Abergavenny Castle

bergavenny Castle is a castle in Wales situated at the confluence of the Gavenny and Usk rivers. A castle was possibly constructed here during the Norman Conquest of England and Wales before 1100. It was the property of Hamelin (de Ballon) who built a motte and bailey castle. The castle passed into the hands of Brien Fitz-Count in around 1119, a supporter of Queen Matilda during the Civil Wars with King Stephen. The castle passed down to his son William de Braose.

In 1175 a terrible massacre occurred at the castle. A few years earlier, in 1172 or 1173, the castle was captured from William de Braose by Sitsyllt ap Dwfnwal, a Welsh Chieftain. The castle was restored to Braose by Sitsyllt and the chieftain was invited to a feast to celebrate its return. But instead of this being a friendly meeting Braose had Sitsyllt ap Dwfnwal and his guests cruelly murdered.

The castle has had a chequered history being attacked many times and changing hands. In 1215 the castle was captured from King John's forces by LLewellyn, the Prince of Wales. In 1403/4 it was attacked and destroyed by Owain Glyndwr. Again in 1646 during the English Civil War the castle was subject to attack. This time the castle was totally destroyed so it could not be used as a fortification again. The stones were robbed to provide building material for the nearby town.

 


Abergavenny Castle Key Facts
CountyMonmouthshire (9 castles)
CategoriesMotte & Bailey / Stone / Norman Square Keep
Built on a hill to the north of the River Usk. This castle was originally a wooden motte and bailey type. A stone keep later replaced the wooden structure.
RemainsSmall amount survives
Access to siteOnly open at certain times


YearMonthEvent
1175   Murder of Sitsyllt ap Dwfnwal
 Abergavenny Castle was captured from William de Braose by Sitsyllt ap Dwfnwal, a Welsh Chieftain. The castle was restored to Braose by Sitsyllt and the Chieftain was invited to a feast to celebrate its return. Instead of a friendly meeting Braose had Sitsyllt ap Dwfnwal and his guests murdered.[1] 
1182   Abergavenny Castle attacked
 In 1182 the castle was invaded by sons of Sitsyllt in revenge for the death of their father.[2] 
1215   Llewellyn captures Abervagenny Castle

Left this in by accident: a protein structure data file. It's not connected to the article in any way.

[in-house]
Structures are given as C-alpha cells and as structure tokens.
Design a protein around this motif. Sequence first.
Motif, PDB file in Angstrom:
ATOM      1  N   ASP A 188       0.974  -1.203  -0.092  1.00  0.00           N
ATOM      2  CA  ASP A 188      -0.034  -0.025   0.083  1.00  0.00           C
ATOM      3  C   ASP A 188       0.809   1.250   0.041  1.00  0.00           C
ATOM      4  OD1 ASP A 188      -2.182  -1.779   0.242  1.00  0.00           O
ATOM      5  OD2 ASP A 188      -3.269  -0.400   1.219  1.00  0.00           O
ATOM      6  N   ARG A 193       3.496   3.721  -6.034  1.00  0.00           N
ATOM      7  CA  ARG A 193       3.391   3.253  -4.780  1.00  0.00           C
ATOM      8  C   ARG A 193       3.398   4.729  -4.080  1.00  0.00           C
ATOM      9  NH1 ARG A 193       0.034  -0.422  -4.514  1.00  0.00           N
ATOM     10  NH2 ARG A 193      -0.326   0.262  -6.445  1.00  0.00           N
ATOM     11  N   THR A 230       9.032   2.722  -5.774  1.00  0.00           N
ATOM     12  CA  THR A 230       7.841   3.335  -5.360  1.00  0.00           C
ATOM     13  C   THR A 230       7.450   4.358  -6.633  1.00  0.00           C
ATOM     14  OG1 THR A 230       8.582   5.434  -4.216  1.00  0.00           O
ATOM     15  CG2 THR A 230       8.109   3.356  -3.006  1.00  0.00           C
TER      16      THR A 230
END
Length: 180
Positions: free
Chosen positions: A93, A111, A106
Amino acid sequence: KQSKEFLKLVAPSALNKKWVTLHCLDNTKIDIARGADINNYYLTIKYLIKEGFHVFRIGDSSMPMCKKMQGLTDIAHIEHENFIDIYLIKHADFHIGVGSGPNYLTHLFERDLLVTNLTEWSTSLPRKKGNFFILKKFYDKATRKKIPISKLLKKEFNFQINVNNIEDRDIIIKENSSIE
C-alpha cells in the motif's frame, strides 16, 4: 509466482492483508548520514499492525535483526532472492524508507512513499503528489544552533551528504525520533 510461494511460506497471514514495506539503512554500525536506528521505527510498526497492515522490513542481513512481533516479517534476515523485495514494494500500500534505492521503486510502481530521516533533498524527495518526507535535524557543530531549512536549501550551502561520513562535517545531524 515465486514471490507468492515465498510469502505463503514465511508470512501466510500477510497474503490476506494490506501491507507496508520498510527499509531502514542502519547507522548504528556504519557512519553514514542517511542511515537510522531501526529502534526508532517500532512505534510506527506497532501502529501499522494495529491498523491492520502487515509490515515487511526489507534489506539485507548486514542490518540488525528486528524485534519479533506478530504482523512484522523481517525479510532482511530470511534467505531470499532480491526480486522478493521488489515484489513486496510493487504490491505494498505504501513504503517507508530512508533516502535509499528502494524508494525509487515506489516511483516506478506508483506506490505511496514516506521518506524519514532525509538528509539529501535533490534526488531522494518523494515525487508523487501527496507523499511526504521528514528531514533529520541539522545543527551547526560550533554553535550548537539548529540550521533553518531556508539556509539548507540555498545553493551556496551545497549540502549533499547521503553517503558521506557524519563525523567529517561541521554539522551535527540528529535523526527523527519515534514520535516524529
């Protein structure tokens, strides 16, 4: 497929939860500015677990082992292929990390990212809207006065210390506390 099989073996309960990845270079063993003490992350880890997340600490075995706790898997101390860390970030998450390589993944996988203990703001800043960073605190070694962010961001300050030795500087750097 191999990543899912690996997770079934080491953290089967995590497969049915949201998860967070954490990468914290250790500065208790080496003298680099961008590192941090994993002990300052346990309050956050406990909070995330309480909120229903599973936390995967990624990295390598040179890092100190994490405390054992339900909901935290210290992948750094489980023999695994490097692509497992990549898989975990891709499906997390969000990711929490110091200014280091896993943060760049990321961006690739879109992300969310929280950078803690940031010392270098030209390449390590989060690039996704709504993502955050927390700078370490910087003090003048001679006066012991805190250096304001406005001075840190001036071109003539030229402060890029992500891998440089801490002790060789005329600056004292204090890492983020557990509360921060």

The castle at Abervagenny was captured from King John's forces by Llewellyn.[1] 
1403   Abergavenny attacked by Glyndwr
 The castle at Abergavenny was attacked and burnt by Owain Glyndwr.[1]

Episode: Glendowers Revolt  

Motte and Bailey Castles

Virtual reconstruction

The Norman Conquerors built their castles in locations where they could keep control of the local populations of Saxons or at important locations such as river crossings or on key roads. Many motte and bailey castles were built on the border with Wales to try and keep the Welsh at bay. The advantage of this type of castle was that it was quick to construct. Making a fortification from wood was much easier than making one of stone.

Norman Square Keeps

White Tower, London

More about Norman square keeps

One of the most important types of building in the time of William the Conqueror and William Rufus were the Norman keeps. Although many were rebuilt in the following century there are many good examples still remaining. The White Tower in London (pictured left), Dover and Rochester in the south east, Newcastle, Appleby, Carlisle, Brough, Richmond in the north are all examples of this type of castle. Other examples include Portchester, Guilford, Goodrich, Norwich, Castle Rising, Hedingham and Colchester. The castles are all built from a roughly uniform plan. A massive square tower with a square turret at each of the corners that project slightly. Each of the main faces of the castle has a flat buttress running up the centre of the wall for extra strength. The only parts that have decoration are usually the main doorway at the entrance and the chapel. At the centre of the keep are large halls. Some keeps have a dividing wall down the middle. Access to different levels and sections of the castle are by passages and spiral staircases built into the thick walls.

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